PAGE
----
Raccoon stuck in wet cement rescued in Arizona

It’s the stuff of nightmares, and one raccoon is lucky to be alive after being trapped in wet cement.

While it’s not clear how the critter wound up stuck at the construction site outside Phoenix, Arizona, but when workers spotted the helpless animal in late June, they called for help.

The Southwest Wildlife Conservation Center posted photos of the female raccoon on its Facebook page and outlined a pretty scary ordeal.

“The harder this poor raccoon struggled to free herself the further she sank,” the group wrote. “Evening temps were cool that night, and as the cement began to set up, she was losing body heat. It’s a wonder she survived until her rescuers could get there.”

Even though she was scooped out of her concrete tomb, her situation remained dicey.

Her hind end and tail were covered in cement.

The raccoon was sedated so she could be checked out. Southwest Wildlife Conservation Center/Facbook

She needed IV and a warming blanket to get her body temperature back up.

But the warmer she got, the more quickly the cement hardened.

“Her feet and her whole body were cold to the touch when she arrived,” Southwest Wildlife Conservation Center posted on Facebook.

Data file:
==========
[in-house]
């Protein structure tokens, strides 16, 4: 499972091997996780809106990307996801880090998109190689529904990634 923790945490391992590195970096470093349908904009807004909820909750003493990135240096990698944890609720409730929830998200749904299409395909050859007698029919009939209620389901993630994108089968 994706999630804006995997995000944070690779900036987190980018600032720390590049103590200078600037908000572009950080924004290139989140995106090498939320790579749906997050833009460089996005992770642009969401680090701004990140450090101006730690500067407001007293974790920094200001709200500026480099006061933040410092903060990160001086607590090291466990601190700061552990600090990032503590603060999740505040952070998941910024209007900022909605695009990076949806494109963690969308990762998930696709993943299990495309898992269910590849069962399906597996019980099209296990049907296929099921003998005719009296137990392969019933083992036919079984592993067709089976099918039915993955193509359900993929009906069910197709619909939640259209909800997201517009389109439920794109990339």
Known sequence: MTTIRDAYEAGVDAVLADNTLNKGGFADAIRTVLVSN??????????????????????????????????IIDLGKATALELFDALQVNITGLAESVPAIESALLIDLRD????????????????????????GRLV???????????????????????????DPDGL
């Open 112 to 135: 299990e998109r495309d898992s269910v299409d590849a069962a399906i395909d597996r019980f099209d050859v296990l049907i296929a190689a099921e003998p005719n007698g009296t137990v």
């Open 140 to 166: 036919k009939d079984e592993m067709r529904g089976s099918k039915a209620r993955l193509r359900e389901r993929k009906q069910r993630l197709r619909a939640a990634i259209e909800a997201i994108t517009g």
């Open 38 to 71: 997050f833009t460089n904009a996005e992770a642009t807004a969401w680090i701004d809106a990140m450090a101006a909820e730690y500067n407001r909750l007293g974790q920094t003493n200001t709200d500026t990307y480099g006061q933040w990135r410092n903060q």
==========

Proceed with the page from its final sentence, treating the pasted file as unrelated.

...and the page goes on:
Rescue workers used clippers to shave off the stiffening fur.

And then gave her a warm vinegar bath.

“As it turned out, the warm vinegar water worked miracles!” the group wrote. “Our patient came out of her bath with healthy looking pink skin.”

The bath cleared of most of the cement and the raccoon spent another hour under the warming blanket. Southwest Wildlife Conservation Center/Facbook

Rescue workers also learned some things about their newest patient.

The older female raccoon had raised babies. But she’s thin and her eyes are a bit cloudy.

Still, they don’t see any lasting problems.

On the road to recovery. Southwest Wildlife Conservation Center/Facebook

In an update Monday, the centre said she’s already gone into an outdoor enclosure.

It may take a while for her hair to grow back.

On the mend. Southwest Wildlife Conservation Center/Facebook

In the meantime, they hope can step into the role of mom.

“She might be a good foster mother to a set of 4 tiny sibling raccoon kits who seem especially despondent without their mother,” the center added.

It may not work, but the rescue group is going to give it a try.

“It’s obvious she’s been a mother, and raccoons do sometimes adopt orphaned babies,” the center wrote. “…Her wild life has been upended and she may need more time to herself.”

Photos Southwest Wildlife Conservation Center/Facebook

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Recovering newspaper reporter.


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